Here in, our by-no-means-exhaustive roundup of local Thanksgiving decor/decorations happenings from news outlets big and small across this great nation. Know a good one we missed? Get ye to the tip line and tell us your hometown tale.
CANTON, OHIO— As Thanksgiving is such a food-centric holiday, it's no surprise that some of the decor is edible, too. The Canton Repository suggests: "instead of running around shopping for flowers or Thanksgiving decorations for your holiday table, raid the fridge." [Canton Repository]
LEE'S SUMMIT, MO.— For resident Shawn Burton, Thanksgiving is just a layover on the way to Christmas. "By Turkey Day, Burton's indoor Christmas stuff—including 19 trees glowing throughout his home—will have been up more than two weeks." Burton isn't the only one. Resident Dana Bamvakais, in similar manner, "was done with holiday bling 'except for one of my bathrooms'" as of Nov. 8. [Kansas City Star]
SEATTLE, WASH.— The Seattle Times is laying out some mighty definite (and questionably nit-picky) rules for the Thanksgiving table: "A dining table should be 30 inches high...the chair seat should be 16 to 18 inches high. If your guests are tall, the 16 inches works; if average to short, then go for the 18 inches." [Seattle Times]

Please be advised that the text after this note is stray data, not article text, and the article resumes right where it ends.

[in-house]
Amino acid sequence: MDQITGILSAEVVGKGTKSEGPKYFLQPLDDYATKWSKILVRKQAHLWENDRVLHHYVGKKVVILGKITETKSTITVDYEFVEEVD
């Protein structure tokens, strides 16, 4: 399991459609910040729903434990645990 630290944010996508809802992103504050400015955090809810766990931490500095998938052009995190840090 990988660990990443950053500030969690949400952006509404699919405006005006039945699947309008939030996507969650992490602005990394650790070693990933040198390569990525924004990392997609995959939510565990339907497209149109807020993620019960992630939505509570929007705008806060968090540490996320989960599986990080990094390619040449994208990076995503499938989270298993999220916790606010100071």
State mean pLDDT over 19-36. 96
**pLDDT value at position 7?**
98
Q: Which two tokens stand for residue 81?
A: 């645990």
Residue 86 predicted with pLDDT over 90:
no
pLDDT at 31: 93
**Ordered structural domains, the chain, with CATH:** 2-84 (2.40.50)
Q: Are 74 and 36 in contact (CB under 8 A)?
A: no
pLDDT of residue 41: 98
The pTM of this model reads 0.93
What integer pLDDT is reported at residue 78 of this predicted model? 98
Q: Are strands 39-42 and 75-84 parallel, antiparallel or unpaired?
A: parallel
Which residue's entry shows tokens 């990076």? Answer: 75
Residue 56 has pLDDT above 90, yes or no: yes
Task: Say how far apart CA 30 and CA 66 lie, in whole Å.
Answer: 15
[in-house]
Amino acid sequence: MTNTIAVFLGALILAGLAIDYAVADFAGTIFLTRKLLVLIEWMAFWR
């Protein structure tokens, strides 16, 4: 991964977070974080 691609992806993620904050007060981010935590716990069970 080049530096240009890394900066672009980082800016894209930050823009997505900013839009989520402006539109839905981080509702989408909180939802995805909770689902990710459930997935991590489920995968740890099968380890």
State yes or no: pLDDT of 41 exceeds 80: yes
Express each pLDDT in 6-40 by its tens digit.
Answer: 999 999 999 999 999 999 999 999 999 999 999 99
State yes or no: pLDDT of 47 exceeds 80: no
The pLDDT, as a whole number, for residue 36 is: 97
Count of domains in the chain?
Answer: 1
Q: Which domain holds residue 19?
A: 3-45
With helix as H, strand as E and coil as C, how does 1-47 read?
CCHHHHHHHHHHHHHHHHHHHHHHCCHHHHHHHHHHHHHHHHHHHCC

MILWAUKEE, WIS.— Dinneware designer Rosanna Bowles has some tips for Wisconsin parents whose kids may be bored during the Thanksgiving meal. "Add a jar of crayons and they're entertained," claims Bowles. Works just fine until the rugrats start scribbling on the walls, rearranging the pattern on your wallpaper. [Milwaukee Journal-Sentinel]
FREEMONT, OHIO— One reporter penned a love letter to that classic Thanksgiving decoration, the construction paper turkey: "'Mommy, look what I made at school,' my excited girl, who was 8 years old at the time, exclaimed as she pulled the art class masterpiece from her backpack. In her tiny hands, she held this smashed and wrinkled three-dimensional brown turkey, complete with a black pilgrim's hat with gold buckle, orange and red tail feathers, large, oval white eyes with dilated black pupils, and a folded yellow beak with a crimped red waddle. Flat brown feathers were glued to the side and a couple of small orange feet sat virtually unnoticed underneath. It was the prettiest turkey I had ever seen.'" [The News-Messenger]